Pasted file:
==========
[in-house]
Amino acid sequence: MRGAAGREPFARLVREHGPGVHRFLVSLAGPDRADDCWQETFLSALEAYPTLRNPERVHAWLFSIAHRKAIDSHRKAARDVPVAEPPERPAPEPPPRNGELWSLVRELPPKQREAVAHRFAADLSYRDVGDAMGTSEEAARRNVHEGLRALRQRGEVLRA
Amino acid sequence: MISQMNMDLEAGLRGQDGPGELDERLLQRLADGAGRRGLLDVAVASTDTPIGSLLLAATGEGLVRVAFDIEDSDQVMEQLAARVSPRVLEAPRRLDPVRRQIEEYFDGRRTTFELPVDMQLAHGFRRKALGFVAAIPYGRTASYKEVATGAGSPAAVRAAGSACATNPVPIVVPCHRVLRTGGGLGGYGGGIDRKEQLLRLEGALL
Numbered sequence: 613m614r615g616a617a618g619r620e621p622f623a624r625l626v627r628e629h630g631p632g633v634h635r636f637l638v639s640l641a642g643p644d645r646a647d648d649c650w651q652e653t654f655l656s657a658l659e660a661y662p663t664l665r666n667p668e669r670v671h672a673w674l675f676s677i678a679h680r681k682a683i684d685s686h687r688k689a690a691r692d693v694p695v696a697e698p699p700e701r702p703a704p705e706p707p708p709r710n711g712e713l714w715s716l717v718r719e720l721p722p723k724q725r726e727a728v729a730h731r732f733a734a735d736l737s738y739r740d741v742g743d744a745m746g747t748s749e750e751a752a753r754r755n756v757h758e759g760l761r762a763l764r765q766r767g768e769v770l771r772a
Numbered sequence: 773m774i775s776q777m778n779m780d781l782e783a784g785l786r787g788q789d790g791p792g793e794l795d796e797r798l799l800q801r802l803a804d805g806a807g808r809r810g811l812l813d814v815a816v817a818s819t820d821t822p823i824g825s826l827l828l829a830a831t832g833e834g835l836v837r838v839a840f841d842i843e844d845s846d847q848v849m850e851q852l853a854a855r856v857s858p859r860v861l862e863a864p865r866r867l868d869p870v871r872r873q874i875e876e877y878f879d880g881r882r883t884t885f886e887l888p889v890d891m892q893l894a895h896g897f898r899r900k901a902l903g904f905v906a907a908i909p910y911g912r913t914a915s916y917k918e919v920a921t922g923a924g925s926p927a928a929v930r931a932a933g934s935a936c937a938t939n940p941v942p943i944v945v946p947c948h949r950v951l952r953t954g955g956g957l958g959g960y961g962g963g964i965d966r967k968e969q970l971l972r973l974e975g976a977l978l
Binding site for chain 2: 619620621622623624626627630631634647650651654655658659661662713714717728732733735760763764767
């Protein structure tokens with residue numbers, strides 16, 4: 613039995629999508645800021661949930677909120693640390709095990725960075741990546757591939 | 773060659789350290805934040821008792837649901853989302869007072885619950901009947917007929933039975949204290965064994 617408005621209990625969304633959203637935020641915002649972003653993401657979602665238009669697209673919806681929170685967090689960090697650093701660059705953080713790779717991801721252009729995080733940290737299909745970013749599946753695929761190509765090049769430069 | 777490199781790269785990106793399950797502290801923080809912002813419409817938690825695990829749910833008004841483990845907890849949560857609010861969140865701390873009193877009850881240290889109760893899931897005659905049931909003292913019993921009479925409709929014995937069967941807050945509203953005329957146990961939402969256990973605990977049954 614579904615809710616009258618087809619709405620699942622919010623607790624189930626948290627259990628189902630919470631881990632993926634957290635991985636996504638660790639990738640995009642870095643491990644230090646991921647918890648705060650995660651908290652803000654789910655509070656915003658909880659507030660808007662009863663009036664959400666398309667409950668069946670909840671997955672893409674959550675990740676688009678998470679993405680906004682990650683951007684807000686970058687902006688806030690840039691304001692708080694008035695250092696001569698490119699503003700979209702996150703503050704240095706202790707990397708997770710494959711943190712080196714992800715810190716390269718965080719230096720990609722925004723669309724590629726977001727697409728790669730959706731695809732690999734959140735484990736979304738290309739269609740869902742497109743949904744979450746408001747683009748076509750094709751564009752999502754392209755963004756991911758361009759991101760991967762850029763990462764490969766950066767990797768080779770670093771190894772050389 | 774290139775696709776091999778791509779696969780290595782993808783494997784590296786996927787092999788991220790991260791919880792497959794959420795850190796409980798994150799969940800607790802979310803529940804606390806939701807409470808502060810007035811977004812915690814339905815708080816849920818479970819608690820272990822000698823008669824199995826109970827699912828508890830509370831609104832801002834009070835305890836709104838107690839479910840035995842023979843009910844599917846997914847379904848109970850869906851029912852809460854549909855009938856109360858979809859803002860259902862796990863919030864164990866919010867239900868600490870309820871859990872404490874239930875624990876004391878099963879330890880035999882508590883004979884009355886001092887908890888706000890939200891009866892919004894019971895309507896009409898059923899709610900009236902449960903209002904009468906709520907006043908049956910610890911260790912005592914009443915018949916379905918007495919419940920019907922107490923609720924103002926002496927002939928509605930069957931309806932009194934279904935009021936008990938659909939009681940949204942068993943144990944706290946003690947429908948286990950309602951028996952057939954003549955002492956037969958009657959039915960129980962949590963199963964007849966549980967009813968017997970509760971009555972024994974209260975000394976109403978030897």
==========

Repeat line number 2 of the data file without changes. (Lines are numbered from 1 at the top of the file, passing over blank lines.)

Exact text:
Amino acid sequence: MRGAAGREPFARLVREHGPGVHRFLVSLAGPDRADDCWQETFLSALEAYPTLRNPERVHAWLFSIAHRKAIDSHRKAARDVPVAEPPERPAPEPPPRNGELWSLVRELPPKQREAVAHRFAADLSYRDVGDAMGTSEEAARRNVHEGLRALRQRGEVLRA